Jason Kirkpatrick: Arcata vs. Berlin, Part 1 – July 29, 2011
In 1990 I spent three months traveling across the USA looking for the best city to move to and call home. Arcata topped my list by a long shot.
In 1991 I moved there, and in 1994 became City Councilor and then Vice Mayor. After my term on the Council, I decided to move to Europe. As of now, I have lived in my favorite European City of Berlin, Germany, for eight years, the same amount of time I have lived in Arcata.
Even though I love Berlin, there are still a lot of things I miss from my last adopted California “hometown.” For those of you that are interested, here is my comparison:
Which is the best place in the world to live: Berlin vs. Arcata?
Arcata has some of the best places to relax of any City in the USA. What can compare to the local redwood forests, with kids playgrounds just under the entrance to their beautiful trailheads?
The Arcata Marsh is known worldwide, and I have lectured across Europe about how it went from being a landfill to being a valued birding spot to visitors from across the country.
The Arcata Skate Park is still one of the best for any small city of its size, and nearby trips to the fantastic coast are just a jump away.
Berlin, for a big city, has a ton of trees and huge parks. A bonus near my house is Templehof Park, which was Berlin’s main airport for decades until it closed and became a park last year. It is fantastic for exercise on my road bike, where I can fly down the two old runways, or have a BBQ with friends.
I love the green paths along the nearby Landwehr Canal, which take me along the former East/West boundary, below an old East German watchtower, to the nice Treptow Park along Berlins river Spree.
Bike Lanes and Public Transport
While living without a car is easy inside both Berlin and Arcata, the lack of train connections to other parts of the West Coast is definitely a drawback for carfree living in Arcata.
Both Arcata and Berlin have their mix of good bike infrastructure, as well as occasional road rage drivers. Europeans are willing to pay more to get a great public transport infrastructure such as Berlin’s, and maybe with peak oil and raising gas prices, the idea of rail connecting Arcata to the Bay Area could bring a level of mobility to Arcata residents that could more closely compete with Berlin.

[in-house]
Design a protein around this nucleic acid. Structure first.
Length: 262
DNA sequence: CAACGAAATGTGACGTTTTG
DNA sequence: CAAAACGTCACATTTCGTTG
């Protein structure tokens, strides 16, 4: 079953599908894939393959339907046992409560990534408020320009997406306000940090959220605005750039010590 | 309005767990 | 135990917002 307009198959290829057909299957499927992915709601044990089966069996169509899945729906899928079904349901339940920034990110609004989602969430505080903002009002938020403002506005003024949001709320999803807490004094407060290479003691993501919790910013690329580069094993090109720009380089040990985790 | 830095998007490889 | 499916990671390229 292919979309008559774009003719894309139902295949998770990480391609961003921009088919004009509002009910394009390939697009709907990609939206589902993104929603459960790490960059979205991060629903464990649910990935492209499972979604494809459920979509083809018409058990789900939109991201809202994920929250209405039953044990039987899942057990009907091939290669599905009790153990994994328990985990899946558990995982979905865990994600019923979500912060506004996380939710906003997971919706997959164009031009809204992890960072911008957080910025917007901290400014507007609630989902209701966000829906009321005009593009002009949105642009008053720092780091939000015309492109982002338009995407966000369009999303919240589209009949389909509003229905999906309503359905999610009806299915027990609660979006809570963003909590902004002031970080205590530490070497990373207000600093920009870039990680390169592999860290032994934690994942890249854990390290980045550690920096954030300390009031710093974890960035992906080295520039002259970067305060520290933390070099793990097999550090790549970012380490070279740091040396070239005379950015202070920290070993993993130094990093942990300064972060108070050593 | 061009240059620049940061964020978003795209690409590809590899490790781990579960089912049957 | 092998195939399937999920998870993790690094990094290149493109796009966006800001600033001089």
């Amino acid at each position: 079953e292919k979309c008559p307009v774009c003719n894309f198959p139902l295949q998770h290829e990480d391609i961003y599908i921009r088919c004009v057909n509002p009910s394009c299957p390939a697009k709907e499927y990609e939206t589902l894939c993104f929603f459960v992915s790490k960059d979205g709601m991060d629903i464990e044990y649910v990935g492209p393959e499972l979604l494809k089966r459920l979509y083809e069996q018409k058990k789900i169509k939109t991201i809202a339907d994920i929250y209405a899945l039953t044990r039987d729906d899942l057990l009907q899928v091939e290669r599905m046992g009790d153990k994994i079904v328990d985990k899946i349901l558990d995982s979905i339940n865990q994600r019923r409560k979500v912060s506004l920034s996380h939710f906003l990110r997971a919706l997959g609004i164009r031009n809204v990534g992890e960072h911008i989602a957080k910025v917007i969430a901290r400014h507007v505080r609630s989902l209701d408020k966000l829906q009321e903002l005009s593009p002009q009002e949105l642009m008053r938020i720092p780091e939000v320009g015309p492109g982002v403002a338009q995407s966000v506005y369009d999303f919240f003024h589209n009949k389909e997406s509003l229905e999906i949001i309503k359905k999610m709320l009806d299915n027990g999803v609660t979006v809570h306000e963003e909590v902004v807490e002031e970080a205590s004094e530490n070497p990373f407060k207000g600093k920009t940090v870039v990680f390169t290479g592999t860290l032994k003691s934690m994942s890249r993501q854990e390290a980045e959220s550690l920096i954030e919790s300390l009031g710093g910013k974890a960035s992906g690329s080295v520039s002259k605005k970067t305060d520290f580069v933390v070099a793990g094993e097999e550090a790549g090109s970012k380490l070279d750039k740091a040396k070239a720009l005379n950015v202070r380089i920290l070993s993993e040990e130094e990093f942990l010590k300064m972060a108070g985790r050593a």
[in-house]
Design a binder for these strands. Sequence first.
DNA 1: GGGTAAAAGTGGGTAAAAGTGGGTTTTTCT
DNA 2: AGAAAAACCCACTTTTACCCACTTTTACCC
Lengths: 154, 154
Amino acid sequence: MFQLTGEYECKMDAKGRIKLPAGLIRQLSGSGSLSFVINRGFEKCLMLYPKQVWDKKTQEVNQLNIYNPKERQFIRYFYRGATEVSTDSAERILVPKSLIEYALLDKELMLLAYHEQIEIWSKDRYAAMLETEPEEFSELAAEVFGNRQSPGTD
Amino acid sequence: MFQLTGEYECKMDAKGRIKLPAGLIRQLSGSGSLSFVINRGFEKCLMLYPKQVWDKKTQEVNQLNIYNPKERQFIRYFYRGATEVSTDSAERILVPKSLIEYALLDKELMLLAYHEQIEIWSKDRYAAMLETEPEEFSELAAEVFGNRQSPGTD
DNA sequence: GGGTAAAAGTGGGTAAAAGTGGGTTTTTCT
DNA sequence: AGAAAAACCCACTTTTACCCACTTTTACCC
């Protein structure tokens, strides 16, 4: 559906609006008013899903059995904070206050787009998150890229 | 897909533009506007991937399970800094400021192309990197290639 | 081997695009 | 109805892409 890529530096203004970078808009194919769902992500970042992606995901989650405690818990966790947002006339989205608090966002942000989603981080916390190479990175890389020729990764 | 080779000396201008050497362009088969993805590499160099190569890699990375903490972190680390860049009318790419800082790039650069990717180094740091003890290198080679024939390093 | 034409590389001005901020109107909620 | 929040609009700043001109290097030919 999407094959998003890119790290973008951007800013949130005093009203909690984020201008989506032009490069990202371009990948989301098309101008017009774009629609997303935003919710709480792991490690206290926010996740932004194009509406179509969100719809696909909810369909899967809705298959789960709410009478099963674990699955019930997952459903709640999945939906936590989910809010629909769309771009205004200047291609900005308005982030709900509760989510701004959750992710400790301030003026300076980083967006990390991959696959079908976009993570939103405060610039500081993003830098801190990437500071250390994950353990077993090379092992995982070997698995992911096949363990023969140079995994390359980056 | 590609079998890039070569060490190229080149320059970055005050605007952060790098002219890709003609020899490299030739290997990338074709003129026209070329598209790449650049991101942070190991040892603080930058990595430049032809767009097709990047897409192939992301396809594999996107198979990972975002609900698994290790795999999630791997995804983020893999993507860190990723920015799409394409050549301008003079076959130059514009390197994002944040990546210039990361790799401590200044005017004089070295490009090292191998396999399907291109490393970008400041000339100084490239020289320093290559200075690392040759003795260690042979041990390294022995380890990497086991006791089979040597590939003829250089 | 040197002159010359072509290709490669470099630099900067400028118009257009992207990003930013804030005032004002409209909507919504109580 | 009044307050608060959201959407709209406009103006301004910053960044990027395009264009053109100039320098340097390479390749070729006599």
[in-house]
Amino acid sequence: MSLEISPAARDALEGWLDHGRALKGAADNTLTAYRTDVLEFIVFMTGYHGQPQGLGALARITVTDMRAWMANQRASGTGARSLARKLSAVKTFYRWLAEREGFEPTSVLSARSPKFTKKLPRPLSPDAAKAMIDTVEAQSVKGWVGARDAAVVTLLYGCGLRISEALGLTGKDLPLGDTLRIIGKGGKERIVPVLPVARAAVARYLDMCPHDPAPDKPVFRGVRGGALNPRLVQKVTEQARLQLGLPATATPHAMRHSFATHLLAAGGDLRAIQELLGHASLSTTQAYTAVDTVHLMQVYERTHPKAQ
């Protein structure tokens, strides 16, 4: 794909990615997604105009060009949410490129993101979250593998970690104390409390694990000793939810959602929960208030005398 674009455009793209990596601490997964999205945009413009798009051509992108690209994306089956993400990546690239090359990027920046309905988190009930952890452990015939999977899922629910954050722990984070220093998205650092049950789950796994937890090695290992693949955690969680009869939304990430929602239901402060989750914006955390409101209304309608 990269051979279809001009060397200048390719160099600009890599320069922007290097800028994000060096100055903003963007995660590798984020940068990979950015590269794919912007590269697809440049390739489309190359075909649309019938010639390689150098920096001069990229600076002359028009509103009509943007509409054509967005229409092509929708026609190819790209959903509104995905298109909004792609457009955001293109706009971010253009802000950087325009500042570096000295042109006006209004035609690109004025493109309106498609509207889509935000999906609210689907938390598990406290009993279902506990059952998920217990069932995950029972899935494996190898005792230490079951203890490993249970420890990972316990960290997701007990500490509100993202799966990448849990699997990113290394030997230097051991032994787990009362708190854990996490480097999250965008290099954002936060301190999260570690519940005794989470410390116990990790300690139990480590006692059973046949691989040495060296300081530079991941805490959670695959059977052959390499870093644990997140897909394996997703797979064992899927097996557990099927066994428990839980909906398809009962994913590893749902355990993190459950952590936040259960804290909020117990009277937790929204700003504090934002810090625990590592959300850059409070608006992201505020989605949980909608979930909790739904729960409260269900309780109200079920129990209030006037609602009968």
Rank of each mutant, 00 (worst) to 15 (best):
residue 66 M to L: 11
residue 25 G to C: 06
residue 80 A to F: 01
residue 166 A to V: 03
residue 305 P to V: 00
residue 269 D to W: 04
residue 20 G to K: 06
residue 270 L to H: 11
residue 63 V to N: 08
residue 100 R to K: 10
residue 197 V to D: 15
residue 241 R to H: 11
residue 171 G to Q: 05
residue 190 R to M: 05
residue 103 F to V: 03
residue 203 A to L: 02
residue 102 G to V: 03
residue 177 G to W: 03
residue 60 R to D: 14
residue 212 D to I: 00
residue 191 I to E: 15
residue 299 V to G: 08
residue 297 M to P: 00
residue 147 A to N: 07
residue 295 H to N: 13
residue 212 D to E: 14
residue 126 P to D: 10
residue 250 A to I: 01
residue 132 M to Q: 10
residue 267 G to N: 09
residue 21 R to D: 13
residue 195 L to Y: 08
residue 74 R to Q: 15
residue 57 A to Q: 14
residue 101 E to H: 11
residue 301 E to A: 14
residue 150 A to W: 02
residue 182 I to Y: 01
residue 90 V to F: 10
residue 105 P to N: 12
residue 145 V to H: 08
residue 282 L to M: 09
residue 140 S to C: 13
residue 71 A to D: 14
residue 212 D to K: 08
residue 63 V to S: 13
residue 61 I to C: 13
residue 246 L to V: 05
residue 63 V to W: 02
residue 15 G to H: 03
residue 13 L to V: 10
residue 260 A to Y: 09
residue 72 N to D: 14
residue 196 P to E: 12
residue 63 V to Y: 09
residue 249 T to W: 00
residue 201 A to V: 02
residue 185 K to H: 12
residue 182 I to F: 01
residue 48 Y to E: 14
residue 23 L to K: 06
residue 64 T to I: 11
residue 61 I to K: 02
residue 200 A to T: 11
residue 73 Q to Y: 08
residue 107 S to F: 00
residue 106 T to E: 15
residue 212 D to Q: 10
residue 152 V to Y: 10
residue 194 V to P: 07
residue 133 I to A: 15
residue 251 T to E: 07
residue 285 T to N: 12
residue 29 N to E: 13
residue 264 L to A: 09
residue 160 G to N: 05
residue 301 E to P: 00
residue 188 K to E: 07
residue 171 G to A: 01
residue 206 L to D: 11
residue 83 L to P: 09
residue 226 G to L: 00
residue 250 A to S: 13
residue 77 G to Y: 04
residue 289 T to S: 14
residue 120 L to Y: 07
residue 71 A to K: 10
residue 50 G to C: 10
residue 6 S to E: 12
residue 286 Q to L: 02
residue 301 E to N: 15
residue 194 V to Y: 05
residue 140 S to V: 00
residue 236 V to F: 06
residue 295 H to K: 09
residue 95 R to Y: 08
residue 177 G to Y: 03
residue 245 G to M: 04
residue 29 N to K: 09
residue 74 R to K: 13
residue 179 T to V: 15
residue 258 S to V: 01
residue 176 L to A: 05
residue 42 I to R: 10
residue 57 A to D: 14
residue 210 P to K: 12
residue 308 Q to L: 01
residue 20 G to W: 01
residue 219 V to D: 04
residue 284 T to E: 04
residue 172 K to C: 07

In Berlin, due to the typical European high density, I can walk to about 30 cafés and restaurants within five minutes, as well as hardware stores, shoe or key makers, or other shops filling about 95 percent of my needs.
On the other hand, breathing that great North Coast air is a lot more pleasant than breathing big city car fumes while biking across my current hometown in Germany.
Arcata’s Farmers’ Market can compete with any farmers market in the world for quality fresh local organic produce. I really miss it. I worked at the Arcata Co-op for about three years, still own shares there, and think it is a fantastic place to obtain my vittles as well as dry goods.
In Berlin, I am lucky that I can find a “bio laden” (organic shop) about every 500 yards in the densely populated city, but they are always small and offer relatively little choice. Being vegan is much harder in Germany than California, likely due to the long tradition of living off of animal products during the long freezing winters. My local bioladen has a cool program where they hire long-term unemployed workers, and give a 25 percent discount to low-income people. Even though it’s possible to get a weekly box of organic produce via a Community Subscription Agriculture farm, Arcata still wins hands down in this category.
Next week: Community feeling, higher education, employment, rent and retirement.
Jason Kirkpatrick is a former Arcata City Councilmember. His new website is blackhelmetproductions.net